The bleak assessment of the anti-apartheid icon’s health came in papers submitted by his relatives on June 28 as part of legal efforts to retrieve the remains of three of Mandela’s children.
“The anticipation of his impending death is based on real and substantial grounds. The applicants are desirous of burying their father and committing him to the earth in which his descendants’ remains lie,” according to court papers quoted by the Mail & Guardian and other media.
“Nelson Mandela’s health is perilous. (An) affidavit will be provided from physicians that he is assisted in breathing by a life support machine,” it added.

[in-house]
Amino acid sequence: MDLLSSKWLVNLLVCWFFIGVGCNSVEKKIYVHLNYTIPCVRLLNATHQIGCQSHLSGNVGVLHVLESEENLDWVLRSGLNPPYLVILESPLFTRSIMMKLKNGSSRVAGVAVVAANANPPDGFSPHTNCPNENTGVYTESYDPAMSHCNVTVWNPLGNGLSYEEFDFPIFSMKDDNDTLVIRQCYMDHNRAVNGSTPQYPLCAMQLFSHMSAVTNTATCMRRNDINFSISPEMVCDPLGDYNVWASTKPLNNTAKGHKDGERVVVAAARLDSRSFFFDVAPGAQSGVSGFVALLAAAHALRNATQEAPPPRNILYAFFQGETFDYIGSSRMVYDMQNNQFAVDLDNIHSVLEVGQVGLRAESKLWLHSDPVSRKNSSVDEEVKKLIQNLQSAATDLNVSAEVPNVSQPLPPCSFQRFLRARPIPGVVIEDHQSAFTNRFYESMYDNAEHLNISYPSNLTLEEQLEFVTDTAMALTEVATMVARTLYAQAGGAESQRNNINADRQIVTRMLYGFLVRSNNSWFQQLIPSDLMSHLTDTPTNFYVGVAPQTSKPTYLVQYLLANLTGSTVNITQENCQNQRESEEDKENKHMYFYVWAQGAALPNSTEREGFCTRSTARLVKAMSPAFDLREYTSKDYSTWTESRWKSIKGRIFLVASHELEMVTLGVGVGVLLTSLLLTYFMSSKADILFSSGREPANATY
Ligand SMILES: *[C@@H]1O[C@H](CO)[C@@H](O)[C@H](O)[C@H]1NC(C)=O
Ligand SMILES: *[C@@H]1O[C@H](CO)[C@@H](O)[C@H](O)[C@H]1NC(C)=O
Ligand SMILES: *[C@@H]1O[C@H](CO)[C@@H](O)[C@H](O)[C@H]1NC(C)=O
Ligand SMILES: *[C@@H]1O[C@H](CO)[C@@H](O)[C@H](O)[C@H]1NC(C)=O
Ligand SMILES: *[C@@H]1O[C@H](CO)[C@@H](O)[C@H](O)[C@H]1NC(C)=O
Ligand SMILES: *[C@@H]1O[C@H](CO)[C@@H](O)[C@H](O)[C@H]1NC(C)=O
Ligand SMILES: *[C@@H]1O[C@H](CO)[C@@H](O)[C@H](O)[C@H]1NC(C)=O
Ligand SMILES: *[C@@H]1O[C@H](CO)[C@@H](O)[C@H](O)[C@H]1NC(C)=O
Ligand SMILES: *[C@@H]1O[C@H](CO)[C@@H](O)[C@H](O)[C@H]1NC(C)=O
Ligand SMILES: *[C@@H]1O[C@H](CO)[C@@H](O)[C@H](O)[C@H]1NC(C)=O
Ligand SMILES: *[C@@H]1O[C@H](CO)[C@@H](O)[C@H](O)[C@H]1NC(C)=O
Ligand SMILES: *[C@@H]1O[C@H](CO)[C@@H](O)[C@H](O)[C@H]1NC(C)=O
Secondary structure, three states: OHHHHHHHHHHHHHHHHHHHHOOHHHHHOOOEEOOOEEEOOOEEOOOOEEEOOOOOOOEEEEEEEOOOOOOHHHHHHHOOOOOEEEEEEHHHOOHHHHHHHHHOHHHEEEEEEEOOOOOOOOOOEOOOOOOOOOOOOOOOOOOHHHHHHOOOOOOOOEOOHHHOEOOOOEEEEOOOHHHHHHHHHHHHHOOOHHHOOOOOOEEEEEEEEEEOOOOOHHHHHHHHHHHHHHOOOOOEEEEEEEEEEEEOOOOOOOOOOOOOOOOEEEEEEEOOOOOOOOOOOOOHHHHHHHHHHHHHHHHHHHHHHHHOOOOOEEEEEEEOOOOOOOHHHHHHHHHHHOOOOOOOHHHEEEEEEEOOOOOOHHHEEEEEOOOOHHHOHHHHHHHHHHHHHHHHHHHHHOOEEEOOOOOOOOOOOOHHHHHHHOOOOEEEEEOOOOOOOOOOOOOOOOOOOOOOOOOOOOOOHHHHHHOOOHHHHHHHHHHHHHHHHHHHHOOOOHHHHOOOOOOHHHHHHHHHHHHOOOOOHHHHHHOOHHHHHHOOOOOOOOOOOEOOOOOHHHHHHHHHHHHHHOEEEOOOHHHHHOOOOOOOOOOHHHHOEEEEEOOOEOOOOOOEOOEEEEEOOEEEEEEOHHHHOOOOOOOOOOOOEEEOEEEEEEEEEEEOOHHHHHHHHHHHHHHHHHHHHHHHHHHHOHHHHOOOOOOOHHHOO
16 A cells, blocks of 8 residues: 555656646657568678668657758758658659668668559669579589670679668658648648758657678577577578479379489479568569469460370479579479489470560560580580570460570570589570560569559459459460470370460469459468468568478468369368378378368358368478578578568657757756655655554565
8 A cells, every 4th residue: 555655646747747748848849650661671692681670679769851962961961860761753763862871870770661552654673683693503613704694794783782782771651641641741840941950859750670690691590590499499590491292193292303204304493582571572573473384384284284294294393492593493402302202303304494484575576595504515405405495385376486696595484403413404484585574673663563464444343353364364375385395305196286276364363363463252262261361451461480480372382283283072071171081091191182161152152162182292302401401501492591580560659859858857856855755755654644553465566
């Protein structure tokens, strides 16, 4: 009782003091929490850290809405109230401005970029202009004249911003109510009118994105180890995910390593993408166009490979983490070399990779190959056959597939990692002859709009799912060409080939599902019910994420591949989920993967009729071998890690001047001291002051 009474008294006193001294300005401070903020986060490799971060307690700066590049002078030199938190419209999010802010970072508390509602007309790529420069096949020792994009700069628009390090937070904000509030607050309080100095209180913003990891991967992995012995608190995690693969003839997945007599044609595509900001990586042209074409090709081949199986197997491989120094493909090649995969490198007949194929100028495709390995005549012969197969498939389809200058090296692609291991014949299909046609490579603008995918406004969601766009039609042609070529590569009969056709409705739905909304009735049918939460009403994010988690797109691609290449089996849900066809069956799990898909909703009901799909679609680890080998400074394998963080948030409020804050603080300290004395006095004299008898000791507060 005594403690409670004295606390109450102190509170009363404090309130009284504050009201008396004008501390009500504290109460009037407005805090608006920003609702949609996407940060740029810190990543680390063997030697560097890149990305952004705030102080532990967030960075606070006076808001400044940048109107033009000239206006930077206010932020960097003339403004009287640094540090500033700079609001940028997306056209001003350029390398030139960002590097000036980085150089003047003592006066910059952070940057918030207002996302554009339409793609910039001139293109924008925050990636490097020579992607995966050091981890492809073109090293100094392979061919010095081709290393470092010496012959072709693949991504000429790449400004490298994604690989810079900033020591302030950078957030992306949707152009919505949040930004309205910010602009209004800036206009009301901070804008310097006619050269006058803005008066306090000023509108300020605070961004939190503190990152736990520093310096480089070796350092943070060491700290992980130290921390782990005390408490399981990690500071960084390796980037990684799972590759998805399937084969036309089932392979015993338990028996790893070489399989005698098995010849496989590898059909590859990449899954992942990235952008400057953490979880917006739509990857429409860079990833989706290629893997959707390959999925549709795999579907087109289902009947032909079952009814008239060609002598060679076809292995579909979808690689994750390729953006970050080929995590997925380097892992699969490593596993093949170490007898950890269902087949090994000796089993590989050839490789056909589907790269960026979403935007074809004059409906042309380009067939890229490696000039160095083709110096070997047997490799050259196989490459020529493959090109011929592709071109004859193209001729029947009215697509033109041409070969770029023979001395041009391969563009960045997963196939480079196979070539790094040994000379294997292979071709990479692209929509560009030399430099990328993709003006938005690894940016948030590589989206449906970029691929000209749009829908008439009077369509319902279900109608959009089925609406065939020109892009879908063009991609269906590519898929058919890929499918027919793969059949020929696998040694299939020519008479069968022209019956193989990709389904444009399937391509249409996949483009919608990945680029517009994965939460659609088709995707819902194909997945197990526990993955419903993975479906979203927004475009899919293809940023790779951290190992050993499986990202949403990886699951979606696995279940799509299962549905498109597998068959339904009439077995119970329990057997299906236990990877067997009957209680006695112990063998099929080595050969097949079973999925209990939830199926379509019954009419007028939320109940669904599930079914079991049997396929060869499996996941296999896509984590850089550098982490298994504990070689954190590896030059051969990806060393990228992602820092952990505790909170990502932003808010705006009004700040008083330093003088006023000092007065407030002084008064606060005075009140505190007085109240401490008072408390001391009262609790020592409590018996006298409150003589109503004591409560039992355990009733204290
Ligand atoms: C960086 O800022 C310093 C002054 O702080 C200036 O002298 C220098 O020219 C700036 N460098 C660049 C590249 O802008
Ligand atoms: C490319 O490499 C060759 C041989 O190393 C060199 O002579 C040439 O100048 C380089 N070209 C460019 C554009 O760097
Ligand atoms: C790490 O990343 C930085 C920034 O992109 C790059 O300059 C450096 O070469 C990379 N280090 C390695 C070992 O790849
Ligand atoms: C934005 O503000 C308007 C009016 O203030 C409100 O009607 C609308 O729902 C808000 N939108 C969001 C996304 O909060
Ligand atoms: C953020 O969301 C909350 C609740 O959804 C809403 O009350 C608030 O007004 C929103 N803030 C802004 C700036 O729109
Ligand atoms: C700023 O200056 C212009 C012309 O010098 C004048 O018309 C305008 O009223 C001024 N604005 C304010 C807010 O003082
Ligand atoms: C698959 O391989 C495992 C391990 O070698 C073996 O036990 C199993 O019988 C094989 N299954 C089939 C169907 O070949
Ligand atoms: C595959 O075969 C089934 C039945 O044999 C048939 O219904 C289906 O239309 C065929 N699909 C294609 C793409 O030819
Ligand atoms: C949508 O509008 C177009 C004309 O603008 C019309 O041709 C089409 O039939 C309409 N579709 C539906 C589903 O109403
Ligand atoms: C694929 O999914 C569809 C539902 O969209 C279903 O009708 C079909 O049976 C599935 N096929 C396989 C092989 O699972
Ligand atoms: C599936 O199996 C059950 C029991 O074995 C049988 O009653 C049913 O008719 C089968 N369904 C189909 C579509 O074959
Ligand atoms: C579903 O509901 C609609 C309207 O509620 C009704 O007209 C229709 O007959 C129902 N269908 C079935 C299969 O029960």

Mandela, 94, has been in intensive care in a hospital in Pretoria since June 8 when he was admitted with a recurring lung infection.
A clan elder told AFP on Wednesday of last week that Mandela was on a ventilator. But South African President Jacob Zuma said the next day that his health had improved.
Mandela led the struggle against white-minority rule in South Africa and became the country’s first black president after multiracial elections in 1994, following 27 years in prison.
A court in the city of Mthatha on Wednesday ordered the remains of three of Mandela’s children to be immediately returned to his childhood village of Qunu.
His oldest grandson Mandla had them moved in 2011 to Mvezo, about 30 kilometres away, allegedly without the rest of the family’s consent.